"This study suggests that midbrain imaging using diffusion MRI might be a way in the future to diagnose injury from a single concussive head hit and/or from repetitive sub-concussive head hits," said Dr. Jeffrey Bazarian, professor of Emergency Medicine, Neurology, Neurosurgery and Public Health Sciences at the University of Rochester Medical Center and a co-author of the study.
The second part of the study served as an independent means to validate the researchers' approach to the football cohort. This group included 29 athletes from various other contact sports who had a clinically defined concussion and 58 who didn't.
The concussed participants underwent MRI scans and offered blood samples within 72 hours of injury. Like the football cohort, those players exhibited reduced structural integrity in the midbrain. In addition, they exhibited increased tau, a protein, in their blood. As structural integrity in the brain decreases, tau increases.
"Tau is an important marker of acute changes in the brain and is thought to be, in the long term, implicated in neurodegenerative diseases like chronic traumatic encephalopathy, also known as CTE," Hirad said.
"Our research, in the context of prior research over the past several years, is beginning to indicate that the accumulation of many sub-concussive hits is instrumental in driving long-term damage in football players' brains," Mahon said. "Future research will be required in order to translate our findings into concrete directives that are relevant to public health. An important direction for future research will be to carry out larger-scale longitudinal studies of contact sports athletes in various ages groups."
"We also need to re-evaluate how we make return-to-play decisions," Hirad said. "Right now, those decisions are made based on whether or not a player is exhibiting symptoms of a concussion like dizziness or loss of consciousness. Even without a concussion, the hits players are taking in practice and games appear to cause brain damage over time."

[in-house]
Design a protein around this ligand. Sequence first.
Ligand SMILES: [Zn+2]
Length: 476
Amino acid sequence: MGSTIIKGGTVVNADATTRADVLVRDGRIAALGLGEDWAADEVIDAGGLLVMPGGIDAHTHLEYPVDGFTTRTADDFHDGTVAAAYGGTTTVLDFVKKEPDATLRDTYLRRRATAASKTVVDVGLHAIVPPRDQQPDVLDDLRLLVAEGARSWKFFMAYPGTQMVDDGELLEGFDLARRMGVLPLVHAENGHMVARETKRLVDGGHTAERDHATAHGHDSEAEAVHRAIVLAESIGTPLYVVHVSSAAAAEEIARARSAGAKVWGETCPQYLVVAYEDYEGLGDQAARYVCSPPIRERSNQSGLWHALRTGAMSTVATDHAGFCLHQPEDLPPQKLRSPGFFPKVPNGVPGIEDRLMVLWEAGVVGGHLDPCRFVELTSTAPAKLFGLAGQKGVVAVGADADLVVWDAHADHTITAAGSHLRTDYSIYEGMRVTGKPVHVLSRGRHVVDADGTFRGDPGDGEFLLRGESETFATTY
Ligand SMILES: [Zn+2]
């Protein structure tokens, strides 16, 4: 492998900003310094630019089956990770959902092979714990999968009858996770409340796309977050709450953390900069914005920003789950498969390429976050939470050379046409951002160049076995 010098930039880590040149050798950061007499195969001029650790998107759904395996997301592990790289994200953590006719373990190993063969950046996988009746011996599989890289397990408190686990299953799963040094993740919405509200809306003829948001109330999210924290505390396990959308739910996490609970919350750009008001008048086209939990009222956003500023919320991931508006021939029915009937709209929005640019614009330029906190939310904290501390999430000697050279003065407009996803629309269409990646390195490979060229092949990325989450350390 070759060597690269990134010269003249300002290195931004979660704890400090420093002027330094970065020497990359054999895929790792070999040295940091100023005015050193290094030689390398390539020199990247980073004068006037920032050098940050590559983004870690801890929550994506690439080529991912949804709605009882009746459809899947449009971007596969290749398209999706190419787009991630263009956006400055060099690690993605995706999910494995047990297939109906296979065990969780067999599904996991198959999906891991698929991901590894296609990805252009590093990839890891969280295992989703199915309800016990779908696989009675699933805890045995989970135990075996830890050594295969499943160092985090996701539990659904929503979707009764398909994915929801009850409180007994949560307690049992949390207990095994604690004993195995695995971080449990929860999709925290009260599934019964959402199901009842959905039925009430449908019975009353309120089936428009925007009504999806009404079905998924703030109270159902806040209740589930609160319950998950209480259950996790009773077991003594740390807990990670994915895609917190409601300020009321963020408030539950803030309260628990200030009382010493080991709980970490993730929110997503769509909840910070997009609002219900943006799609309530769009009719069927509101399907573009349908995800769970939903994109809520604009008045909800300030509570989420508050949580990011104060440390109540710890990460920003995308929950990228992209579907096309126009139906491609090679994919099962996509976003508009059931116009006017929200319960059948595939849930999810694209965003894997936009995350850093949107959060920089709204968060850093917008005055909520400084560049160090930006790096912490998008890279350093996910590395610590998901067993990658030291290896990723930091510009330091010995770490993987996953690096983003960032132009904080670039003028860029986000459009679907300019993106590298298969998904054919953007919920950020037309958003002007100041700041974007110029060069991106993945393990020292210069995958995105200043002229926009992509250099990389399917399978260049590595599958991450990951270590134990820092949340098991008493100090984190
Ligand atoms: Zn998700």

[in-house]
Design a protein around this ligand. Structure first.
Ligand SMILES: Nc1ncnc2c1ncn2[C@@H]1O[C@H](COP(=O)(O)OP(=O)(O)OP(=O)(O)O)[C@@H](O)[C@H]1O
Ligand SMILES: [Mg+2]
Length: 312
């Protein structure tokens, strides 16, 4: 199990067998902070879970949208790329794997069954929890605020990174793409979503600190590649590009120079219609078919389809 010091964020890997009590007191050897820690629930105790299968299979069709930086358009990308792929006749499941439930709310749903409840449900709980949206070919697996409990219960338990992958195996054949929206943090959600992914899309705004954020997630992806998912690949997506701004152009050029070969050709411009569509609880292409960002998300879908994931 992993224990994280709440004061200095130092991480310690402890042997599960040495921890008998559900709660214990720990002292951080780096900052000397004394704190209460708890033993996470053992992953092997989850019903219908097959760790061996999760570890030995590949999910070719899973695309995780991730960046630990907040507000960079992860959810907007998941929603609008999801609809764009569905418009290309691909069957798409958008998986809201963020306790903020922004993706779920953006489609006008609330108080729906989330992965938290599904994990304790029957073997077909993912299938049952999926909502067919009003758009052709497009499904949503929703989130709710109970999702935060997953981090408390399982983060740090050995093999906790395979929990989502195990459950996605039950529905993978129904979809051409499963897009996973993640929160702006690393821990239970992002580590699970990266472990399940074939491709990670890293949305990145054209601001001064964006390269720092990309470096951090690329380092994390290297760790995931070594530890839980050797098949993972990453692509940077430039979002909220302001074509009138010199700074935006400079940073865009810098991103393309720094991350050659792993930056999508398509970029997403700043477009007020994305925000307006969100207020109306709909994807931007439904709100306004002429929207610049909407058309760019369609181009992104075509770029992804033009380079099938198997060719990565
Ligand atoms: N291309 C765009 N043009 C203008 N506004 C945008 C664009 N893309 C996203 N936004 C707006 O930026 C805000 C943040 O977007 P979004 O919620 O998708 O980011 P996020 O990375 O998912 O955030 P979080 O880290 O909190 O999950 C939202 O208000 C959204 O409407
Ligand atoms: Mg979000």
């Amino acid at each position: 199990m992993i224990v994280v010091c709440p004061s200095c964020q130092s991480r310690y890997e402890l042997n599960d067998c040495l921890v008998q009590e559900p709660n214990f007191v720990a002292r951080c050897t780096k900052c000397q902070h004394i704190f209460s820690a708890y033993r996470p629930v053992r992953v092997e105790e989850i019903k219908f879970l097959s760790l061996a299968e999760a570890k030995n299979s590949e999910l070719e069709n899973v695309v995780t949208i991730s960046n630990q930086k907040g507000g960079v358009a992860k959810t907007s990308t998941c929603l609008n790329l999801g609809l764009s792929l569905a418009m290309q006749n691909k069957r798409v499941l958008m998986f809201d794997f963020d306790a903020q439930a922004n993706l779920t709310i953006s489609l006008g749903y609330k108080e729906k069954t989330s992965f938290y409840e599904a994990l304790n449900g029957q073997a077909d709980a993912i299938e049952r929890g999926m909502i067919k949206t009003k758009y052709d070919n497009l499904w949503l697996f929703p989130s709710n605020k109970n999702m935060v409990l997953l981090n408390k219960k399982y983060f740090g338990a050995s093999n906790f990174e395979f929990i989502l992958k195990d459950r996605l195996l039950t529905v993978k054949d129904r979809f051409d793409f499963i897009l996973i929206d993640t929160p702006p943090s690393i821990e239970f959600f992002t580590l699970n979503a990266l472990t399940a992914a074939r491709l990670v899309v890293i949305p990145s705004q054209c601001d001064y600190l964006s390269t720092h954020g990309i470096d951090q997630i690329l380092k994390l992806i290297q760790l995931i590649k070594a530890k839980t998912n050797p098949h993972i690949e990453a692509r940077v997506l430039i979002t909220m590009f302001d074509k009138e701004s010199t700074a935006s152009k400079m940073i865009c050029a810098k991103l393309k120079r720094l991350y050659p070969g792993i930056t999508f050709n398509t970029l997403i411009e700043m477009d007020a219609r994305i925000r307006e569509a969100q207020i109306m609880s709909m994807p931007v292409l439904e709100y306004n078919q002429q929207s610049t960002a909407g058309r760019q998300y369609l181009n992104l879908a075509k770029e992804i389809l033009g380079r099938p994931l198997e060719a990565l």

This study is part of the newly launched Open Brain Project, a digital platform for exploration of the human brain and how it responds to and recovers from injury. Visitors to the site can explore models of the head hits sustained by football players in this study, and researchers can contribute their own datasets and post publications and commentary on a variety of topics covering brain tumor, epilepsy, stroke and traumatic brain injury.
Additional co-authors of the study include Kian Mercant-Borna, David Paul, Edwin van Wijngaarden and Giovanni Schifitto of the University of Rochester Medical Center; Frank Garcea of the University of Rochester and Moss Rehabilitation Research Institute; Sarah Heilbronner of the University of Rochester Medical Center and the University of Minnesota; Eric Hintz of San Antonio Military Medical Center; and David Wright and Tamara Espinoa of Emory University School of Medicine.
This study was supported by grants from the NFL Charities and National Institutes of Health (K24 HD-64754, ROI MH099921, R21 NS076176, R01 NS089609, R01 EY028535 and R01MH118257). Additional funding was received by the U.S Army Rapid Innovation Fund and University of Rochester. Any opinions, findings and conclusions or recommendations expressed in this material are those of the authors and do not necessarily reflect the views of the sponsoring agencies.